Interview by Thomas A. Tuna
There are those comic book icons who are instantly identified by the books they wrote. Think Stan Lee, you come up with the Fantastic Four and Spidey. Consider Roy Thomas, you conjure up Conan and the Avengers. Chris Claremont? The X-Men, of course. How about Denny O'Neil? I see Green Lantern, Green Arrow and The Batman.
And then there's Marv Wolfman. Despite his enormous contributions to the superhero stable through the years, one character--and one award-winning title--comes to mind: Dracula, King of the Vampires.
Along with oustanding penciller Gene Colan and inker supreme Tom Palmer, Wolfman chronicled the adventures of the immortal Prince of Darkness in the color-splashed pages of Tomb of Dracula to the immense joy of comic book readers everywhere. An unqualified success as looked back on, Wolfman, nevertheless, didn't hold out much hope for the title when he assumed the writing reins.
"Frankly," he said, "since there had been three other writers on the series, each writing two issues each, I assumed the book was good as dead and that I was put on it because I couldn't hurt it any further. I did not expect anything but a few issues worth of work." Great writer; bad prophet.
As Wolfman pointed out--and as many comics fans will remember, TOD was hardly the writer's first foray into the realm of illustrated horror. He had been scripting monster and horror stories for DC and Marvel, and I was the editor at Warren Magazines for Creepy, Eerie and Vampirella. "On top of that," he explained, "when I was just a fan, I published a horror fanzine called Stories of Suspense that actually co-published Stephen King's first story."
Wolfman added that he wasn't even that well-versed in Dracula lore at the time he took over TOD. "I had read a kid's version of the novel years before, but not the whole thing," he said. "I had never seen any of the Dracula movies. To this date, I've only seen a very few and I never saw the original Lugosi movie.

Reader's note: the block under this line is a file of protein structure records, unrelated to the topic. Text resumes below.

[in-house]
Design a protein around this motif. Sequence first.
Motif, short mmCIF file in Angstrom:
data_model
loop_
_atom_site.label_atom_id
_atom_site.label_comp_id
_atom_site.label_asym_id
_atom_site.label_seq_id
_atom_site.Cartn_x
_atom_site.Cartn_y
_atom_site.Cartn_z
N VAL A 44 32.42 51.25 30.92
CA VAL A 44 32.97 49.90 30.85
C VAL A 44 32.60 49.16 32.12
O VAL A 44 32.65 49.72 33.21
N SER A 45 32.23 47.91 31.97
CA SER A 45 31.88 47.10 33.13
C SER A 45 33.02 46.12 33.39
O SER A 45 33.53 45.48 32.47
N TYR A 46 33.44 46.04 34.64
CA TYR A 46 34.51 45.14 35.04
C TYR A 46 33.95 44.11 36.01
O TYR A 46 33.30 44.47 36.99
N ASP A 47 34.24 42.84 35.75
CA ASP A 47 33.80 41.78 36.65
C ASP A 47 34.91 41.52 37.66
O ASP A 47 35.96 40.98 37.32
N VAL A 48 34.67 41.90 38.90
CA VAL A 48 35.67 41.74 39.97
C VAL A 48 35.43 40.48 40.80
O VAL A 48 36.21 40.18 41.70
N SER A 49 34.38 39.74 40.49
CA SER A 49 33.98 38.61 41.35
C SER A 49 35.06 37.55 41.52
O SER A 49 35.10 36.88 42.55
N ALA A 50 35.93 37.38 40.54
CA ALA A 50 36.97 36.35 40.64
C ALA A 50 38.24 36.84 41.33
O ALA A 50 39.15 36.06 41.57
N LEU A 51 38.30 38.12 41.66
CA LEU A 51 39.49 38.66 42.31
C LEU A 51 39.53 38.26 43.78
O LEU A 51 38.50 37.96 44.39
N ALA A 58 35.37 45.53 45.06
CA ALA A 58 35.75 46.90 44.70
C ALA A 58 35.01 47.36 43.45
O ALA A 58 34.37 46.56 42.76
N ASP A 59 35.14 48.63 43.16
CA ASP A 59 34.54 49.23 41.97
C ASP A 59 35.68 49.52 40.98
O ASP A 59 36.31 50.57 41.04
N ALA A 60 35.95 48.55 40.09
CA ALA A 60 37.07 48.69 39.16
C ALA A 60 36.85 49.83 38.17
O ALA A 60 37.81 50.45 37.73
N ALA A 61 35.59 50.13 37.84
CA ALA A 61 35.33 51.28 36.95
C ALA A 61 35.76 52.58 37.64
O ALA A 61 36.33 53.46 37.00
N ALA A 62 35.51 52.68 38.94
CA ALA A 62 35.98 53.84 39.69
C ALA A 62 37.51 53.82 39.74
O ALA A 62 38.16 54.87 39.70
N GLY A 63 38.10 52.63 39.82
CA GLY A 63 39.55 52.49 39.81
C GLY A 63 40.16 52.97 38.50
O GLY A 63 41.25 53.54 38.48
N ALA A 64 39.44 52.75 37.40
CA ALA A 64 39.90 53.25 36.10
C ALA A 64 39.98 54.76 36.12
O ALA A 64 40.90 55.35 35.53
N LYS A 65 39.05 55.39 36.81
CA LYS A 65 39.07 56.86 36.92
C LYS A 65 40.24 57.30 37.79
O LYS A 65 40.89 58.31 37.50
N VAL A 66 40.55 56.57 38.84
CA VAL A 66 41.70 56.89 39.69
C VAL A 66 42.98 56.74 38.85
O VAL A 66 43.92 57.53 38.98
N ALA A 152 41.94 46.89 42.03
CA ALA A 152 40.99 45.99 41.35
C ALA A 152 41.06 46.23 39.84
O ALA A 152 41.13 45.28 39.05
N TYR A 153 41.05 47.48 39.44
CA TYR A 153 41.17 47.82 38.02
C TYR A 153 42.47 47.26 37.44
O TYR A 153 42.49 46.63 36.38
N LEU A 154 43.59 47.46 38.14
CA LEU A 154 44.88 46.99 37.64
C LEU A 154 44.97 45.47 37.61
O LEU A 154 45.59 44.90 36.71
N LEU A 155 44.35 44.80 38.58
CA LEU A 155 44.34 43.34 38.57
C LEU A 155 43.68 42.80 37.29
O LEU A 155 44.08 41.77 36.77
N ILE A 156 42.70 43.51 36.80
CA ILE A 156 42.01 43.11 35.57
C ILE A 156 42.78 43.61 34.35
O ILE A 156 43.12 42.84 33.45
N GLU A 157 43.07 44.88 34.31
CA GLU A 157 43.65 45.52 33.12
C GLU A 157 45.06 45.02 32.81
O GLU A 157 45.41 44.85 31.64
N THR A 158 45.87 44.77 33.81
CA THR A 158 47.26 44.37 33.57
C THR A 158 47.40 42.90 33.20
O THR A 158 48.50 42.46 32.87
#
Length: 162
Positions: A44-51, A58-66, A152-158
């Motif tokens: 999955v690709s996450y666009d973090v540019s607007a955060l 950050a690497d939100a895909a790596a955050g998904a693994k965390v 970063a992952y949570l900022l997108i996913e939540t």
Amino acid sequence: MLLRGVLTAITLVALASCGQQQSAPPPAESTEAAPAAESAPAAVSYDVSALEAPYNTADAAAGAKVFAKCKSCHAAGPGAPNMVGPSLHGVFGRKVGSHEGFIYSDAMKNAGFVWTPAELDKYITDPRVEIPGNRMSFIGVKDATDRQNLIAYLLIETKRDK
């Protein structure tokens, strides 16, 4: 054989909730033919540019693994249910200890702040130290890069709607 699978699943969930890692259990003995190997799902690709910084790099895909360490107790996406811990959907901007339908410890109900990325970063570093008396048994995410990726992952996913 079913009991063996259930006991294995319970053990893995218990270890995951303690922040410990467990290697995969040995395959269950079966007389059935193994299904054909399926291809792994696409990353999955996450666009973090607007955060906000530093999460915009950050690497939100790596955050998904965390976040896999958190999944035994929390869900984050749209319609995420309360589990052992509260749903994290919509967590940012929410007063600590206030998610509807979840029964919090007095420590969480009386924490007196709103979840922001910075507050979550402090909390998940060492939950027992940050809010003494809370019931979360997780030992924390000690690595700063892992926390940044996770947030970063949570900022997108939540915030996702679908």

"But once I was assigned to it by Roy Thomas, I read the full novel and decided the approach Stoker took, telling the stories from the point of view of the vampire hunters, was the only way to go."
Wolfman also knew he was breaking new ground in comic book history with this full-length horror book. "There had never been a horror series before in comics," he said. "Only one-shot horror stories such as at EC. So there was no template on how to do it, which meant I decided to write what I really wanted to see, which was a story about characters the effect horror plays on them.
"Horror is in your mind and we couldn't do much physical violence in those days anyway--the Comics Code--so trying to create character-driven stories and have the horror come out of their reactions felt right," Wolfman added. "And, mostly, I was trying to write what I really wanted to see, as I never had a chance to do that previously. Roy set up the company where we were given a lot of freedom to do what we believed in. Also, I was working with Gene Colan who drew the best real people in comics so that let me write stories about real emotions."
As fans might expect, Wolfman looks back on his TOD years as a very happy time. "Tomb of Dracula was the book where I learned to write what I believed in. It taught me how to tell compelling character stories.
"Whether it's the highlight of my career, or one chapter, is up to others to decide," he said. "To me, it was the first chance I had to grow as a writer."
And the chance of a lifetime for lovers of the horror comic genre to savor wonderful tales of suspense, horror, love and death we will hold onto forever.